A Vegetarian Exploration of Manhattan’s Chinatown

March 30, 2012

As one of the largest enclaves of Chinese residents in the western hemisphere, Manhattan’s Chinatown serves as an amazingly diverse center for Asian culture in NYC.

Chinese Buddhism has one of the earliest claims to vegetarian cuisine in human culture (dating to before the turn of the millennium), so not surprisingly, Chinatown also contains an impressive array of vegetarian resources.

Some (Non-Vegetarian) Background

Manhattan’s Chinatown exists as a rare NYC neighborhood whose origins can be traced back to its original inhabitant. Though not the first Chinese-American to appear in the region, nor the first Chinese New Yorker, cigar-salesman Ah Ken is the undisputed founder of Manhattan’s Chinatown. Arriving to the city in the late 1850s, he built a business from cigar peddling along the fence of City Hall Park, eventually establishing a storefront on Park Row.

Ah Ken’s success as an entreprenuer allowed him to open a boarding house on Mott Street that rented beds to the city’s first wave of Chinese immigrants, creating the original link between the area and the ethnicity.

Early Chinese immigrants to NYC faced a storm of challenges, especially racially-motivated physical violence. The early community reacted with the founding of mafia-esque protection and support groups. These “tong” associations supplied physical protection on Chinatown’s streets, as well as loans, professional connections, and other assistance to recent immigrants.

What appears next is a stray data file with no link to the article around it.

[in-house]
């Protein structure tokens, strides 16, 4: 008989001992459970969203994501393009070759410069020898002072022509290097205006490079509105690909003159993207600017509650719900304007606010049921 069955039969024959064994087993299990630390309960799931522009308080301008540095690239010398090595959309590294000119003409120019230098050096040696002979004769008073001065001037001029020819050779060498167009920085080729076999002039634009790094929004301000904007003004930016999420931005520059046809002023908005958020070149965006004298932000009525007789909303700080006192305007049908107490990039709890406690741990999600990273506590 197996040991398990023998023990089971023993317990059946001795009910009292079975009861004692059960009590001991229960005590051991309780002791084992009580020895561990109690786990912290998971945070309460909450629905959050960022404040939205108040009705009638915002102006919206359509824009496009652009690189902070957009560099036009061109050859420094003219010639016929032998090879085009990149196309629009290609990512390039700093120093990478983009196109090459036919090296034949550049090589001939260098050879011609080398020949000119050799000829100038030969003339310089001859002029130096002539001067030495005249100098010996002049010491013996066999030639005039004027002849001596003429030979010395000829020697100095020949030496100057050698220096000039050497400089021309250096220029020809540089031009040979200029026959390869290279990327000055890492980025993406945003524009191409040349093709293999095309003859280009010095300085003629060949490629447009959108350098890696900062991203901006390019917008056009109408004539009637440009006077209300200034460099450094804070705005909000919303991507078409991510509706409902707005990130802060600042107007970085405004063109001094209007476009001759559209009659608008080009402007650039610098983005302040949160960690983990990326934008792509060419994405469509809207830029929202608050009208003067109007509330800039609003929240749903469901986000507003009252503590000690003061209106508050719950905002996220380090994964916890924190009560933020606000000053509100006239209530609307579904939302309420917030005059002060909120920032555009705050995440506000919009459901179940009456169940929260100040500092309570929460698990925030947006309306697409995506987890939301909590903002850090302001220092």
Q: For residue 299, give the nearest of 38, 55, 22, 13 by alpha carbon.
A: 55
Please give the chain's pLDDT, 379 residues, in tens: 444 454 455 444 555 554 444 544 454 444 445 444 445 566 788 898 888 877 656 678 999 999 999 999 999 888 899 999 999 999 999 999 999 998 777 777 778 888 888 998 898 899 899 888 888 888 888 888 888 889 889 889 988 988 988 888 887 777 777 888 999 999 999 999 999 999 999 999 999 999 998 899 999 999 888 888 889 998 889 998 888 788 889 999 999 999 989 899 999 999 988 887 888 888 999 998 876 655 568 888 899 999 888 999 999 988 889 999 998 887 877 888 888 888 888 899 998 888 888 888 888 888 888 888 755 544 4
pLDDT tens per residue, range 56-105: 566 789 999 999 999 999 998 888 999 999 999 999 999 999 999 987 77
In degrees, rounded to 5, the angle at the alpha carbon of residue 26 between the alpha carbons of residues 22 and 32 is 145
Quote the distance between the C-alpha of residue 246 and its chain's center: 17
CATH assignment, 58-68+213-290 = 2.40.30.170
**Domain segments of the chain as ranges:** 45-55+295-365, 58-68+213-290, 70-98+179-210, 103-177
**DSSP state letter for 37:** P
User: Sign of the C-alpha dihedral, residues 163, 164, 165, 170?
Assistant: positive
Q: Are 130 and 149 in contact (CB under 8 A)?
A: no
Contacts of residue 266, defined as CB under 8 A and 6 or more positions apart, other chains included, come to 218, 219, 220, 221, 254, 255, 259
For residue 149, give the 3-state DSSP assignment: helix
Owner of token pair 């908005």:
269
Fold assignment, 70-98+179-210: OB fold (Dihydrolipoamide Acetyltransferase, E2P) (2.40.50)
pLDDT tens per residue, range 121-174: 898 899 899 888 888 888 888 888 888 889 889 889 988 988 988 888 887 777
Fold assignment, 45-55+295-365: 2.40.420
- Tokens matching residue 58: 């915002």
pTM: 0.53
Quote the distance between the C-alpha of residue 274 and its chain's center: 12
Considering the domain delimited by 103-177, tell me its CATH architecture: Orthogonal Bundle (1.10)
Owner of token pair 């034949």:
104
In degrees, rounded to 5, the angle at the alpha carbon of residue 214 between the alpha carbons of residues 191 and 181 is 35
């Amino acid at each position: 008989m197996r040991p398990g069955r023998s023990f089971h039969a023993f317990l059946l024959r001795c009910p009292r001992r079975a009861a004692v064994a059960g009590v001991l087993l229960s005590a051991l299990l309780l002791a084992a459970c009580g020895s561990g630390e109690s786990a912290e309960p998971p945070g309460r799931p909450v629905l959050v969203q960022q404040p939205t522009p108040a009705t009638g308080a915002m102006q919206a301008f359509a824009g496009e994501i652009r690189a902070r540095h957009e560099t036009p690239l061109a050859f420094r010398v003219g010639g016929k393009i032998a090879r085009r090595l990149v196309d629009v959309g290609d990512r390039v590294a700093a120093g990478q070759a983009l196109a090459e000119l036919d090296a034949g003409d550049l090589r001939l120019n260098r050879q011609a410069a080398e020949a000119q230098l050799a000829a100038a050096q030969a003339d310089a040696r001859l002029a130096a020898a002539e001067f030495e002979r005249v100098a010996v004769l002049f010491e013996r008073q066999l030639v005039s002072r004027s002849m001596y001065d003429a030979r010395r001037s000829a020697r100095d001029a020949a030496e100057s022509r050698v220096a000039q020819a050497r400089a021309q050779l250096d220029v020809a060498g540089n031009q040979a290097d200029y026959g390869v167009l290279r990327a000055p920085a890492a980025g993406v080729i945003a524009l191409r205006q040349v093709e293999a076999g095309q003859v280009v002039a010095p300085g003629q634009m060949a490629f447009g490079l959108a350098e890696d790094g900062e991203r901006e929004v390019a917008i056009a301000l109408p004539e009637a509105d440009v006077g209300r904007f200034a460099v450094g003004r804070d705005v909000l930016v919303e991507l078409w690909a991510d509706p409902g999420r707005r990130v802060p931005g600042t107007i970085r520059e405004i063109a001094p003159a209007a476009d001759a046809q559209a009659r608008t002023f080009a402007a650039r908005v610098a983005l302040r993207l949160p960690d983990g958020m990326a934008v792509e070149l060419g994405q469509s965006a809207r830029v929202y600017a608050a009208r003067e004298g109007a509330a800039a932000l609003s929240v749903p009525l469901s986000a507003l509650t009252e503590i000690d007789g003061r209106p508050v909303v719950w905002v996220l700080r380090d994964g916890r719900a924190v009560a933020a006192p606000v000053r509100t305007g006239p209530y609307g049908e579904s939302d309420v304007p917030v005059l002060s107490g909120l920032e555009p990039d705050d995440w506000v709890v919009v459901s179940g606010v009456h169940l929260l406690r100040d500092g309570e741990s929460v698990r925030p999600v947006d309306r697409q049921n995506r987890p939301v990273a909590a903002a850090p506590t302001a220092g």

Modeled after the triad criminal syndicates of mainland China, Manhattan’s tongs were particularly active in sex trafficking. Beginning in 1882 with the federal Chinese Exclusion Act, immigration restrictions created a severe gender imbalance within the community (in 1900, fewer than 3% of Chinatown’s population was female), and tongs began organizing prostitution rings in response.

Gang warfare between competing tongs led to the creation of the Chinese Consolidated Benevolent Association (CCBA) in 1883 in an effort to quell violence. Though hostilities continued well into the 20th Century and the tongs retained their criminal activities through at least the 1990s, the CCBA survives as fundamental institution for NYC’s Chinatown. Acting as an umbrella organization for providing community services, the CCBA acts as the quasi-government of the neighborhood (and its president has the unofficial title of Chinatown’s “Mayor”).

Immigration limits remained until the 1965 Immigration and Nationality Act, after which the area’s population boomed and expanded into traditionally Italian and Jewish communities. Though Manhattan’s rising property costs have driven many new immigrants to Flushing, Queens or Sunset Park, Brooklyn, Chinatown in Manhattan remains a cultural heart for the population.

Vegetarian Resources

Perhaps Chinatown’s greatest gift to the NYC vegetarian world is the May Wah Vegetarian Market (213 Hester Street between Baxter and Centre Streets). The store carries every imaginable manifestation of faux-meat: mutton, smoked duck, bacon, coal-roasted sausage, crab steaks, grilled eel, chicken nuggets – the store’s freezers are a treasure trove for urban vegetarian kitchens. Some of our favorite finds include the “beef” jerky, the black pepper steaks, and the breaded fish filets.